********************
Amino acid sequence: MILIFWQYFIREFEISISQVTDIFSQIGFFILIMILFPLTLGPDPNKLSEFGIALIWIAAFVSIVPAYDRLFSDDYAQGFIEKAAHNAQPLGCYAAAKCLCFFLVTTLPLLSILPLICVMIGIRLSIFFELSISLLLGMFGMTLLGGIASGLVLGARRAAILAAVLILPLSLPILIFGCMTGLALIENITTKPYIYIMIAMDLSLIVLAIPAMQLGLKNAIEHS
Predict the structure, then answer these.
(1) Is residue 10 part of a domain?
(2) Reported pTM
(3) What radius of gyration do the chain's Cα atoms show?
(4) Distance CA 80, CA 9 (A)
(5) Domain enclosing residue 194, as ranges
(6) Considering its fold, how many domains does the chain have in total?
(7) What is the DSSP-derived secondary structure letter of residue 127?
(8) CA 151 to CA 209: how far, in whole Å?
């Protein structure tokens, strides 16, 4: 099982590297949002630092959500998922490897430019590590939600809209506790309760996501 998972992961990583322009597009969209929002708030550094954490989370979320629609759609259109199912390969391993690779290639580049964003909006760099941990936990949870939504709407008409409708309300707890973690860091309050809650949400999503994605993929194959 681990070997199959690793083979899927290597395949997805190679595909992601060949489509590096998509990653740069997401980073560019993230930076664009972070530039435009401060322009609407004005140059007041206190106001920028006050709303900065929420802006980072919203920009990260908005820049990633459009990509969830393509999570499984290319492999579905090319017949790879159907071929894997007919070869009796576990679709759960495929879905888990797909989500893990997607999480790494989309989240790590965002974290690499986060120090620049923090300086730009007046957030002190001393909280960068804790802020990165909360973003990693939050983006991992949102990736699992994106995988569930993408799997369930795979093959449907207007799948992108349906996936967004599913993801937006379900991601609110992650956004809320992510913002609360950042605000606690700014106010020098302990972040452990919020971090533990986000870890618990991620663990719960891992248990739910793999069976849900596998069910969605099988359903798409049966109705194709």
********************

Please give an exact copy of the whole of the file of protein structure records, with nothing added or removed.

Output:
Amino acid sequence: MILIFWQYFIREFEISISQVTDIFSQIGFFILIMILFPLTLGPDPNKLSEFGIALIWIAAFVSIVPAYDRLFSDDYAQGFIEKAAHNAQPLGCYAAAKCLCFFLVTTLPLLSILPLICVMIGIRLSIFFELSISLLLGMFGMTLLGGIASGLVLGARRAAILAAVLILPLSLPILIFGCMTGLALIENITTKPYIYIMIAMDLSLIVLAIPAMQLGLKNAIEHS
Predict the structure, then answer these.
(1) Is residue 10 part of a domain?
(2) Reported pTM
(3) What radius of gyration do the chain's Cα atoms show?
(4) Distance CA 80, CA 9 (A)
(5) Domain enclosing residue 194, as ranges
(6) Considering its fold, how many domains does the chain have in total?
(7) What is the DSSP-derived secondary structure letter of residue 127?
(8) CA 151 to CA 209: how far, in whole Å?
């Protein structure tokens, strides 16, 4: 099982590297949002630092959500998922490897430019590590939600809209506790309760996501 998972992961990583322009597009969209929002708030550094954490989370979320629609759609259109199912390969391993690779290639580049964003909006760099941990936990949870939504709407008409409708309300707890973690860091309050809650949400999503994605993929194959 681990070997199959690793083979899927290597395949997805190679595909992601060949489509590096998509990653740069997401980073560019993230930076664009972070530039435009401060322009609407004005140059007041206190106001920028006050709303900065929420802006980072919203920009990260908005820049990633459009990509969830393509999570499984290319492999579905090319017949790879159907071929894997007919070869009796576990679709759960495929879905888990797909989500893990997607999480790494989309989240790590965002974290690499986060120090620049923090300086730009007046957030002190001393909280960068804790802020990165909360973003990693939050983006991992949102990736699992994106995988569930993408799997369930795979093959449907207007799948992108349906996936967004599913993801937006379900991601609110992650956004809320992510913002609360950042605000606690700014106010020098302990972040452990919020971090533990986000870890618990991620663990719960891992248990739910793999069976849900596998069910969605099988359903798409049966109705194709």